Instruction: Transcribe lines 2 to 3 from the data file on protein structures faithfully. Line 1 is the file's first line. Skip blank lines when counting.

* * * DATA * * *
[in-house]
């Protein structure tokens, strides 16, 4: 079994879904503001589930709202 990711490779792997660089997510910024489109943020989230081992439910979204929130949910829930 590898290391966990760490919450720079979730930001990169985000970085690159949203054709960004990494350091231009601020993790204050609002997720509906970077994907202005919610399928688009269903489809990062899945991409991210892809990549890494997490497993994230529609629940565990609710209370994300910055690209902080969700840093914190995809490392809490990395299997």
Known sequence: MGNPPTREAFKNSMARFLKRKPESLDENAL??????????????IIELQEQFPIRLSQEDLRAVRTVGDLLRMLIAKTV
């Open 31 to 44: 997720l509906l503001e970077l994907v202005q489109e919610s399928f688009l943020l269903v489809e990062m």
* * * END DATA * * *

């Protein structure tokens, strides 16, 4: 079994879904503001589930709202 990711490779792997660089997510910024489109943020989230081992439910979204929130949910829930 590898290391966990760490919450720079979730930001990169985000970085690159949203054709960004990494350091231009601020993790204050609002997720509906970077994907202005919610399928688009269903489809990062899945991409991210892809990549890494997490497993994230529609629940565990609710209370994300910055690209902080969700840093914190995809490392809490990395299997």
Known sequence: MGNPPTREAFKNSMARFLKRKPESLDENAL??????????????IIELQEQFPIRLSQEDLRAVRTVGDLLRMLIAKTV